Re-added: Message Popups
The message popups from Codey when there's new task feedback have been re-added. Here's what a failed message looks like:
And here's a passed one:
These messages also display if Codey isn't enabled.
We'll be making a few more tweaks to this feature to get the coloring and placement just right, but for now, it's great to have Codey so outspoken again!
New: Failed Check Notification Dot
When a check for a (closed) task fails, a notification alarm is now is displayed on the arrow to open that task:
If the checks are "shared" (meaning the results of them are visible to the user), the count of failed checks is displayed instead of the alarm.
New: Updated Feedback Indication
When a task is open, it was previously unclear if the feedback that is displayed is new from the last task run. This feedback now shows a slight "jump" when updated, which serves as an indicator that the feedback has been updated.
Here's the feedback we're talking about:
A few weeks ago we announced we'd be rolling out a whole new domain for our container infrastructure, and now, we're excited to introduce you to
This domain is a tad shorter than its predecessor (sandbox.codevolve.com). It also aligns perfectly with its counterpart domain,
- nt.dev/python will jump you right into a coding environment for Python, for example.
- uk.com, so your website on Next Tech is essentially just running on a funky TLD.
Currently, domains still use a session token for the computing environment you're in, so they look something like this:
(you may also note that there are now 2
-'s before the port number instead of 1)
Perhaps not the prettiest (unless pseudo-randomly generated hex values are your thing), but we have some really exciting changes to this in the works. So stay tuned later this month for that announcement!
This release was started on May 13th and finalized on May 29th. It consisted of some improvements, a bug fix, and a number of development tasks not visible to users.
- Improve performance of code patterns in projects with many files.
- Ensure that processes are stopped in a container when their terminal is closed.
- Fix container-dependent templates not being injected into step instructional materials.
- We've deployed an updated version of our SmartScaler that improves our load prediction rates. This helps us ensure that users never need to wait too long for a sandbox.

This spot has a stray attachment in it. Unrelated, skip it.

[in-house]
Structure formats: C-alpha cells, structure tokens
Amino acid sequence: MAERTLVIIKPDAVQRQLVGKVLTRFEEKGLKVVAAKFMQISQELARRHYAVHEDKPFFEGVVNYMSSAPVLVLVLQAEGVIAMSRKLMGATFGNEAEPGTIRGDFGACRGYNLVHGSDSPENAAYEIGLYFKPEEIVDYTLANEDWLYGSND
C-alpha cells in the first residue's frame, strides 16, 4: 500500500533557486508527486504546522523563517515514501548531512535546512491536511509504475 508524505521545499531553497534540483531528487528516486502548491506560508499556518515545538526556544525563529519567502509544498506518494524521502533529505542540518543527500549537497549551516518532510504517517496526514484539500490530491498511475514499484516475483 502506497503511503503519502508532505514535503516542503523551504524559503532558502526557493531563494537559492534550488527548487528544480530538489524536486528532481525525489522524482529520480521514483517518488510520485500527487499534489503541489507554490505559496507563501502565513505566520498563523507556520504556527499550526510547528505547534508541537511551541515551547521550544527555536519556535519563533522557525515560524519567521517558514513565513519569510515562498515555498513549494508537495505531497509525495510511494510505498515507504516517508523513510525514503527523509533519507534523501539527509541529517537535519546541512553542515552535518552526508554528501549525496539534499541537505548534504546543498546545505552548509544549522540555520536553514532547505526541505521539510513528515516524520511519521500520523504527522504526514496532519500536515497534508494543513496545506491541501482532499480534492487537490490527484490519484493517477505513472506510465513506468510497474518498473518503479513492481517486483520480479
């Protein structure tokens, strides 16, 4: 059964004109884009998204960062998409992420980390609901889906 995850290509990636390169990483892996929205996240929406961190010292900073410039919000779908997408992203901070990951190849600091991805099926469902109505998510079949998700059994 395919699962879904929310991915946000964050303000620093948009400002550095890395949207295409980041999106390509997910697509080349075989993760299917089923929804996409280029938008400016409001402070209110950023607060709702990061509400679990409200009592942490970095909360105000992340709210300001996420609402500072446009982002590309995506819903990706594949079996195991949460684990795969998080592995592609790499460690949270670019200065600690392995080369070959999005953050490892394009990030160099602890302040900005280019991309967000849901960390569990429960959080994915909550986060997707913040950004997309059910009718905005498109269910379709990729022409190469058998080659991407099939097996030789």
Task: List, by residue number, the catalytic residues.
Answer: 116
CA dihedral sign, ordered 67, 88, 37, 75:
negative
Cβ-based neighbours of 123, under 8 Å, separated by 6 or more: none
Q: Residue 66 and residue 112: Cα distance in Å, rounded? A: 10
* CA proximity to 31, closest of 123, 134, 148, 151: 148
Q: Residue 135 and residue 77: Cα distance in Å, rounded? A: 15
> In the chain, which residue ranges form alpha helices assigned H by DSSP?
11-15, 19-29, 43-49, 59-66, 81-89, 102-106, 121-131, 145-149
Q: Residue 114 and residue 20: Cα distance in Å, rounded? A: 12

- We've made a number of infrastructure logging and monitoring improvements to improve our ability to monitor our systems for issues and respond quickly.
In Norse mythology, Jörmungandr, also known as the Midgard Serpent, is a sea serpent, the middle child of the giantess Angrboða and Loki. According to the Prose Edda, Odin took Loki's three children by Angrboða—the wolf Fenrir, Hel, and Jörmungandr—and tossed Jörmungandr into the great ocean that encircles Midgard.
Hello all! We have a
lotto cover in this changelog, as we've fallen behind with updates recently. So much has happened since the last time we posted one, so we're going to list everything here, and then certain topics we'll cover in more detail in separate posts.
Additionally, we'll be using a new format for changelog releases going forward. We're deprecating the use of semantic versioning because with our multiple products that all overlap, complexity abounds. So in the interest of keeping things simple, we'll be using named versions going forward, corresponding to the week of the year we do the current release.
We've decided to use mythological creatures and will have (around) 26 versions a year, which is 52 weeks / 2 = 26, which conveniently is the number of letters in the alphabet. So the next version we'll be releasing is "Ipotane".
Okay, here's what's happened in the last couple months!
- Deployed our newest product, Next Sandbox! In-browser, real-world, shareable computing environments.
- Drastically improved the project loading and timeout screens.
- Added a basic Dashboard to the website.
- Converted to a minute-based pricing model for our users.
- Added referral functionality for earning free credits.
- Added a number of new reports available for download for our enterprise customers.
- Added support for LaTeX in instructions.
- Allow up to 2GB of memory usage for all containers, when available.
- Added ability to exclude files from save snapshot.
- Support JSX syntax highlighting in JS files.
- Added GraphQL syntax highlighting.
- Added Parity to the Rust stack.
- Added Blockchain, Swift, and R skills.
- Deployed a React stack.
- Added a "blackjack" Codey!
- Added a list of use cases for Sandbox.
- Set up nt.dev/<stack> and nt.dev/last URLs.
- Allow custom parameters to be passed in with account join URL.
- Drastically improved how terminals work to address longstanding bug and improve performance.
- Changed to non-root nt-userin projects vsrootuser, which was incorrect for a number of reasons.
- Drastically improved the performance of the project directory sidebar, especially with a high number of files.
- Removed the need to use #! /bin/bashin startup and build scripts.
- Improved styles of file menus in projects.
- Cleanup of settings sidebar in projects.
- Default to "dark" theme going forward.
- Ensure sandboxes are upgraded upon page reload, if necessary.
- Improved executable code editor snippets.
- Improved use of PubNub to prevent messages being dropped.
- Start auto-saving Jupyter notebooks every 10 seconds by default to prevent lost data.